Advice To All Our Local Grads
By JOHN DERBY
May 30, 2019
Editor’s Note: The following
is a Legacy column by Publisher John Derby that was first
published 14 years ago, on June 2, 2005.
For the graduate, there will be a lot of
pressure to determine where he or she is going in the future.
To them we say: Don’t give in to that pressure. Go
into the future at your own pace.
When we were your age, we felt the same pressure. Fresh
out of high school, everyone wanted to know what we were
going to be. It was as if we had crossed some kind of threshold
at graduation and suddenly knew more about our self than
we had ever known before.
We went to college --- the first year as a history major,
the second as an accounting and business major.
The third year we switched to a math major, only to change
back to a social science major before graduating (after
Only now, after being a journalist for 44 years, do we realize
how little it really mattered what we think we are going
to be in life.
Life makes its own paths which we cannot see until we get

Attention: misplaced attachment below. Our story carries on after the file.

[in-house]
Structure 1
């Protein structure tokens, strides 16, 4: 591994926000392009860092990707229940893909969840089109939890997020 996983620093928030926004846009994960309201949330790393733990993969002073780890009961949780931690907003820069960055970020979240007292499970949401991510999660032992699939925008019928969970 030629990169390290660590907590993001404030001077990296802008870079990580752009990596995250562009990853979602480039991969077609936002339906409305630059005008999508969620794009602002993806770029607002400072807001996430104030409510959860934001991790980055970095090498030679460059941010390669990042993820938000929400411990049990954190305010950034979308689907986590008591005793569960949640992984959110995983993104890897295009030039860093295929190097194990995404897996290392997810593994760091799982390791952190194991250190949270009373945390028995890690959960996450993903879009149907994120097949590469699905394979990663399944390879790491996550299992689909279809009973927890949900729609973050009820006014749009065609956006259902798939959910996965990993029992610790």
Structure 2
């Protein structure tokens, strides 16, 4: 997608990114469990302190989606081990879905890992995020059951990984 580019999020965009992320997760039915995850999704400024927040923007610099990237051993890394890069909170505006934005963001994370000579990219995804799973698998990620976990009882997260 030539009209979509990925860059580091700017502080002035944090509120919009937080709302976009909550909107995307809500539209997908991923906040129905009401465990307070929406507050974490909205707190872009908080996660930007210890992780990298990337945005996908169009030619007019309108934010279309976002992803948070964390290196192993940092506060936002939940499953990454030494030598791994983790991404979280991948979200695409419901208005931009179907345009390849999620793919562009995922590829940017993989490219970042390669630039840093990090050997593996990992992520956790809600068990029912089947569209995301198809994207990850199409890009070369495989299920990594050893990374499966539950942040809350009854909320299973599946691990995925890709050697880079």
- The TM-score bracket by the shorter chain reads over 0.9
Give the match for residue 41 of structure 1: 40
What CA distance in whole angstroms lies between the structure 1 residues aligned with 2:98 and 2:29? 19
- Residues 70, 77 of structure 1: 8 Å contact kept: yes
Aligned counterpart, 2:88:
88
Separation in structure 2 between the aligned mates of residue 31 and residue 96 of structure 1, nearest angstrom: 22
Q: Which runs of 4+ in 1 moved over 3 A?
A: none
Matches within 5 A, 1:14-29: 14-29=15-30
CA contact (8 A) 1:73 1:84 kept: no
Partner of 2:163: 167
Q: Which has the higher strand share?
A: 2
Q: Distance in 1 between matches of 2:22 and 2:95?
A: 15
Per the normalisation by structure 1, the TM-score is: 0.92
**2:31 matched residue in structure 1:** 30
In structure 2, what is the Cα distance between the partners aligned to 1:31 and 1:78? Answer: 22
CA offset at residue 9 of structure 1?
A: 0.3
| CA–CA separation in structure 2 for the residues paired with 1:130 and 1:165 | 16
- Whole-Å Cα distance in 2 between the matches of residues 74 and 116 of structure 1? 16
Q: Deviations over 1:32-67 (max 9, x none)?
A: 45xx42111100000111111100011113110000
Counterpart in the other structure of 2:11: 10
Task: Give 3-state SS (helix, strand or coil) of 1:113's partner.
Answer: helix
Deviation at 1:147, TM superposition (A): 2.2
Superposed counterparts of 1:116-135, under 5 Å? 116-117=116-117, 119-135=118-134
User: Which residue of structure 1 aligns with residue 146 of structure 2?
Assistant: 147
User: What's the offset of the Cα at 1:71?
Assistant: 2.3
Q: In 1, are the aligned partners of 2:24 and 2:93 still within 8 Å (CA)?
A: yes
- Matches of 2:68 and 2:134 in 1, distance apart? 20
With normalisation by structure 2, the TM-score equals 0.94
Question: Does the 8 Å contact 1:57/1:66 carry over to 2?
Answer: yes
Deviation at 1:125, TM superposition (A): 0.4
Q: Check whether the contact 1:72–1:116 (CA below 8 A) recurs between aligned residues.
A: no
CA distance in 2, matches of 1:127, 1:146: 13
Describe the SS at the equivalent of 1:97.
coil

The best preparation for those paths is the preparation
for all eventualities. Learn everything we can, because
someday, in some small way, we will need it.
This writer barely survived Typing 1-A, but can now type
60 to 70 words per minute and compose at the same time.
The accounting has been essential in operating a small business,
but it might have helped if there was a class in auto mechanics
thrown in for good measure.
Foreign language becomes important every time we go to Europe
or Mexico, and without math we could never figure out how
Take courses you like, even if they are not in your major.
Courses may involve hidden dreams which in time may become
more than a pastime. A good example was the photography
course we took just because we like to play around with
cameras. Who would have thought we would take thousands
of rolls of film in our job, or have to learn the techniques
of digital photography.
Above all listen to your inner self. Feeling right about
what we do is perhaps the most important lesson in life.
Many people spend a whole lifetime feeling wrong about what
they are doing everyday. It’s a terrible price to
pay. No amount of money can repay that inner self for the
loss of credibility. To have the feeling of accomplishment
is the true reward to life, all else is secondary.
Finally, it could well take a lifetime to get that feeling
So for the graduate who is asking the question, “What
do I do now?”
The answer is simple: “Do it all.”